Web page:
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11 Questions with Community Leadership Team Member Erin Ambrozic

 

The Road Map Project recently announced its first-ever Community Leadership Team, a group that will provide visionary leadership and community accountability for improving education results and closing achievement and opportunity gaps. Over the next few months, you’ll get to learn more about each of the 14 new members through this series.

Erin is a lifelong South King County resident with a strong track record of leadership and service in the Highline Public Schools district—especially in the city of SeaTac, where she served youth and families through Parks and Recreation for ten years. She currently serves as the program director for Graduate! Highline through the Highline Schools Foundation. She’s also a mom, a runner, and a big NCAA basketball fan (Go Zags!).

1. In one sentence, how would you sum up your day-to-day work?  
Engaging the community and supporting the district in the shared goal of increasing graduation rates in Highline Public Schools.

2. What do you want people to know about the community or communities you are a member of? 
My community in South King County has a lot to be proud of. It’s hard-working, family-oriented, and beautifully diverse. People here want the same things as people anywhere: healthy neighborhoods, safe places for children to learn and grow, access to high-quality education, and opportunities for economic advancement.

3. Tell us about a time when an educator or educational experience made a big impact on you.  
My K-6th grade teachers at Valley View Elementary in SeaTac are some of the biggest influences on my education to date. They provided me with a myriad of unconventional, experiential learning opportunities, especially around the arts. For example, through our art center, I learned to love visual art: Pointillism, Picasso, pottery — all of it. First we learned about the artist’s life, their technique, their passion; and then we were given time and freedom to try our hand at their style. As an adult, seeing the real works of these artists in museums around the world has been all the more meaningful to me because I was given the chance to engage in art at an early age.

4. Who’s your favorite social justice advocate, living, dead or fictional?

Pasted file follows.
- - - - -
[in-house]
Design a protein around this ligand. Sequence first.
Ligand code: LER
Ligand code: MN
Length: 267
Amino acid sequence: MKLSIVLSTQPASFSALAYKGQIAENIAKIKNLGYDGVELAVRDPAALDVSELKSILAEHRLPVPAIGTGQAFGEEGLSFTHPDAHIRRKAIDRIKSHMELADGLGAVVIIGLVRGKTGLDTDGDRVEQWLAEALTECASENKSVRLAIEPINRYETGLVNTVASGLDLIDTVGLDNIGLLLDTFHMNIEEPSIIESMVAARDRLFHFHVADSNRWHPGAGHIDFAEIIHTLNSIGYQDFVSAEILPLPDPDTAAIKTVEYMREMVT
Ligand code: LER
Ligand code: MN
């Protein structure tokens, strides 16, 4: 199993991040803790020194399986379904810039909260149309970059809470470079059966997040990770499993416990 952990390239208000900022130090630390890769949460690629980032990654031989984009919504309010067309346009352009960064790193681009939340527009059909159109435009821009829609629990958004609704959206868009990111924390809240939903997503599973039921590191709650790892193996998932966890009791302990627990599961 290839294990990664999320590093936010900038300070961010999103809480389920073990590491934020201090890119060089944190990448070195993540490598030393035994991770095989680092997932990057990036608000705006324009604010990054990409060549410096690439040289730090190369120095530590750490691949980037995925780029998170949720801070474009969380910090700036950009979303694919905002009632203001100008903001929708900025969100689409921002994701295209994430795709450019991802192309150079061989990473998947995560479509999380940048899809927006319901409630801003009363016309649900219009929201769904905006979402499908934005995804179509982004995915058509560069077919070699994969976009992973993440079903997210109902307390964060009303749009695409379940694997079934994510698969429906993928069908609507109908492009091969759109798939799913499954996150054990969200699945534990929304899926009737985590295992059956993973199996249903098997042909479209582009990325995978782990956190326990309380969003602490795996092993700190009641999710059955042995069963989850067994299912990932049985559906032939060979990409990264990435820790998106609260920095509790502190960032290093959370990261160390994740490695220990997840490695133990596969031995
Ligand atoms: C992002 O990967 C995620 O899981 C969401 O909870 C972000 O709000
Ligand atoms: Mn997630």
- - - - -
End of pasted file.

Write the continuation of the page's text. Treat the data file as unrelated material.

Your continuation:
This is tough — I have many!  I think Jesus is my favorite. I also deeply admire Angela Davis.

5. If you can make one immediate change to the education system, what would it be?
Well — I don’t know if this is “immediate,” but one of the biggest observations I’ve made about our public education system is that it’s not designed to recognize different types of learning talent. I think there are systematic obstacles that prevent diversity in “gifted” or “highly capable” programs, for example. Too many students are passed over because they don’t meet the criteria set forth by a system that never favored them in the first place. We need to look beyond the typical “gifted” student model and consider how to best serve students with varying strengths and needs.

6. What are your hopes for the Community Leadership Team?
I hope we can truly engage our communities — unique and shared — in a collective effort to improve the region’s public education system. I hope we have an influence on policy decision-making affecting education. Ultimately, I hope our work helps the Road Map Project to continue to dismantle racism in our education system, so that public school is an institution that serves all our region’s children equitably.

7. Finish this sentence: Equity is …
… when everyone has what they need to succeed.

8. What was the last thing you read, watched or listened to? Would you recommend it?
I recently read Bryan Stevenson’s book, “Just Mercy,” about his journey to start the Equal Justice Institute to end mass incarceration, reduce death-penalty convictions, and fight racism in the United States prison system. I highly, highly recommend it. Hands down the best non-fiction book I’ve read in a long time.

9. Where is your favorite place to go in the Road Map Project region (South Seattle and South King County)?
There are so many great parks in South King County! Seahurst Beach Park in Burien is one of my favorites, especially with a toddler in tow. Also, DubSea Coffee in White Center. I love the coffee, the vibe, and how the customers are a true reflection of the community demographic.

10. What is one of your most cherished family traditions?
Every summer we go to my grandparents’ property on Long Lake, right outside of Spokane. I have a huge extended family (my dad is one of eight kids!), and we all camp out for the weekend. We eat, play, and dance. I look forward to it every year.

11. What inspires you?
I’m inspired by the women who came before me. My maternal grandmother was strong. She was a single parent in the 1950s, passed the bar exam having never gone to law school, and went on to become a judge. I have this black and white picture that was taken at a conference she attended in California in the 1960’s. It’s three rows of men in suits — maybe 40 of them or so — and then my grandmother, standing front and center, the one fierce female. I’m inspired by her tenacity, and I like to believe I inherited some of it, too.